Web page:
Zeal Capital Partners, a new firm investing in high-growth startups “at the intersection of financial technology and the future of work,” announced Monday the first close of a targeted $50 million fund.
Nasir Qadree, founder and managing partner of Zeal, said the fund has raised $22.3 million thus far, anchored by PayPal and investors such as The Alfred P. Sloan Foundation, family offices, “notable” business leaders, and other investors. The final close is expected to occur around mid-December.
Zeal’s investment thesis involves its trademarked Inclusive Investment strategy, which will focus on seeking opportunities in early-stage businesses led by diverse management teams in parts of the country “beyond the traditional geographic hotbeds of venture capital activity.”
“…It’s abundantly clear that we need more businesses delivering solutions to bridge the wealth and skills gap at scale,” Qadree said.
Washington, D.C.-based Zeal plans to invest in 20 to 24 companies over a four-year period with an average investment ranging from $250,000 to $2 million. It seeks to invest in fintech companies that create alternative financial products, such as credit expansion tools, financial management services, and resources that will help small businesses be successful.
“We believe the future of financial services will be inclusive investing,” Qadree told FinLedger. “I believe that when we lean with inclusion, that organically yields a more diverse pipeline of entrepreneurs.”
Zela’s first investment was in fintech startup Esusu, which announced a $2.3 million seed round in August. The company has a built a savings app – which targets immigrant and minority groups – with the aim of helping people increase consumer credit scores while also lowering eviction rates.
Zeal plans to invest in three more companies by year’s end.
“The world doesn’t need another food delivery app,” Qadree told FinLedger. “We need.new forms of credit access expansion or financial ways to change consumers’ financial behaviors.”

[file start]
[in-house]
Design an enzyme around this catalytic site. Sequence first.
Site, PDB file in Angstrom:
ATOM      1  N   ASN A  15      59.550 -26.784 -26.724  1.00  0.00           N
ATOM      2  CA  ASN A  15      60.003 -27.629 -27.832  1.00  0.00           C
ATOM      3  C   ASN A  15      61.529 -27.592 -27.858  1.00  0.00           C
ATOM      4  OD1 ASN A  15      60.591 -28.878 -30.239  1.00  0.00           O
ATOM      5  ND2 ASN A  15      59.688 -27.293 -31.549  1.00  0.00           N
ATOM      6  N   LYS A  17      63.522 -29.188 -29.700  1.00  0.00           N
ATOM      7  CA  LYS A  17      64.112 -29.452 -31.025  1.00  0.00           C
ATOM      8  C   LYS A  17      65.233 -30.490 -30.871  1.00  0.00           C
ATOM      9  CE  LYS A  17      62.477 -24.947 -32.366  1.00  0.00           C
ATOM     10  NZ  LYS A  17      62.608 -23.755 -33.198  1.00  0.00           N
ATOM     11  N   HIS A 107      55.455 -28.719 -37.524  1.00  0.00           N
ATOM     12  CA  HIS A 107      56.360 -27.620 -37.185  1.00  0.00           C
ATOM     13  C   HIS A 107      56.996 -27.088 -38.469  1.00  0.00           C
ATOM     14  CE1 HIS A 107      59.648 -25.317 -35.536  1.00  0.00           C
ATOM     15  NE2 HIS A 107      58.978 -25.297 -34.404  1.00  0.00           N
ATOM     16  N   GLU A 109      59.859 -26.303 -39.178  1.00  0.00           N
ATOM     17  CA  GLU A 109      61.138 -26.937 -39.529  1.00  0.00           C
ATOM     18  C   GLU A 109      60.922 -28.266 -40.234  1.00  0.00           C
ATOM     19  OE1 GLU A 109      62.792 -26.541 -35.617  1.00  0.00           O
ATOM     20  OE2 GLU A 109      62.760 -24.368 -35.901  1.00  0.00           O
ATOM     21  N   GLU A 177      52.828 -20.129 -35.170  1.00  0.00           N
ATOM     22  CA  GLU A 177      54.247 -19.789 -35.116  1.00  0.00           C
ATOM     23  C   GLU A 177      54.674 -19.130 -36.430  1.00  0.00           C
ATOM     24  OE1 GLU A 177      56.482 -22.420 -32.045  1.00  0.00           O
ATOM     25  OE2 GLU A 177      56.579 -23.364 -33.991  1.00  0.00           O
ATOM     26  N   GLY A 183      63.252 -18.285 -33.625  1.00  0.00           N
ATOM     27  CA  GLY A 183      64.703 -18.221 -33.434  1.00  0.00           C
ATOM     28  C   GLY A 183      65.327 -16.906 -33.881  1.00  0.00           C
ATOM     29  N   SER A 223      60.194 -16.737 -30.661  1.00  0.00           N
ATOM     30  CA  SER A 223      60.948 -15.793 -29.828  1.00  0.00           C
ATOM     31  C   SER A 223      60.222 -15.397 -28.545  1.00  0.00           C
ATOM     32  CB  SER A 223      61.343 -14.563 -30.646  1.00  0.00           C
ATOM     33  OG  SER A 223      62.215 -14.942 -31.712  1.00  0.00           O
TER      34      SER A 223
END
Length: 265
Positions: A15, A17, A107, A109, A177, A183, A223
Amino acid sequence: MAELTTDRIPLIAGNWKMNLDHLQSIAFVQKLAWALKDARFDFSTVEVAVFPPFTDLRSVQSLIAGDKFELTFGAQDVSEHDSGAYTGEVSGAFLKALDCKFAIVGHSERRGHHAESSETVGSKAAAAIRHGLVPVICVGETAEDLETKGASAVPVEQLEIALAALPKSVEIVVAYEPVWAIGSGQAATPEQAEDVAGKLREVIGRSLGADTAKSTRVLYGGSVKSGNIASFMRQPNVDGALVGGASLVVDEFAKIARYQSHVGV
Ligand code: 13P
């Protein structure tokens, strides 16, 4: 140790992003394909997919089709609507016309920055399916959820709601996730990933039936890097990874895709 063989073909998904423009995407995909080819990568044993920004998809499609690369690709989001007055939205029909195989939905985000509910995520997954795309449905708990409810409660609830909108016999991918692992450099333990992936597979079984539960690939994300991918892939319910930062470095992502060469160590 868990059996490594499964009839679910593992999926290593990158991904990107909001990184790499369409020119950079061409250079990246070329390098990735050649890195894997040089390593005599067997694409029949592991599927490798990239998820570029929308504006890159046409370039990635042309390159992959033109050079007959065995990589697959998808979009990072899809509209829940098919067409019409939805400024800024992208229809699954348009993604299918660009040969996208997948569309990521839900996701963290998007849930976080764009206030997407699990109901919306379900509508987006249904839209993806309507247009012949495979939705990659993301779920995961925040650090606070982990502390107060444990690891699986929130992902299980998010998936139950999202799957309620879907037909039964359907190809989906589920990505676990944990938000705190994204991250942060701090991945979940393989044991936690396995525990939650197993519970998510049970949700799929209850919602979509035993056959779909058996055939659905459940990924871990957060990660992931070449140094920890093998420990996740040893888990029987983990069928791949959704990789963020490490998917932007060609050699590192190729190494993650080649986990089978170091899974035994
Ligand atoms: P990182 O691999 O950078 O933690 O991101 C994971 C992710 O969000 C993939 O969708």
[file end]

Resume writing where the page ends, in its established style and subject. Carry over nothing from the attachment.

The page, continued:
Mario Ruiz, who led PayPal’s investment in Zeal’s new strategy, said its backing of the new firm reflects its belief “that access to financial services creates opportunity.”
Elizabeth Hewitt, chief investment officer of the Sloan Foundation, said that the organization’s investment is geared toward helping make science, technology, engineering, mathematics and economics more accessible and inclusive. Because if they are not, she added, “these become the very drivers that create inequality and hold communities back.”
Most recently, Qadree served as the associate director, leading AT&T’s Aspire Social Investment Fund, a $400 million investment vehicle focused on early-stage tech-enabled for-profit education, employment technology, and human capital management businesses. Prior to AT&T, Qadree invested in fintech and a variety of other verticals at Village Capital. He began his career as an analyst at Goldman Sachs.
Inclusive investing is a topic that FinLedger has previously examined in a number of recently-published opinion pieces and articles including the following: Accelerating through change: Redefining finance for good; Why so low? Fintech continues to see lack of female founders and The rise of new banks serving Black and Latinx communities.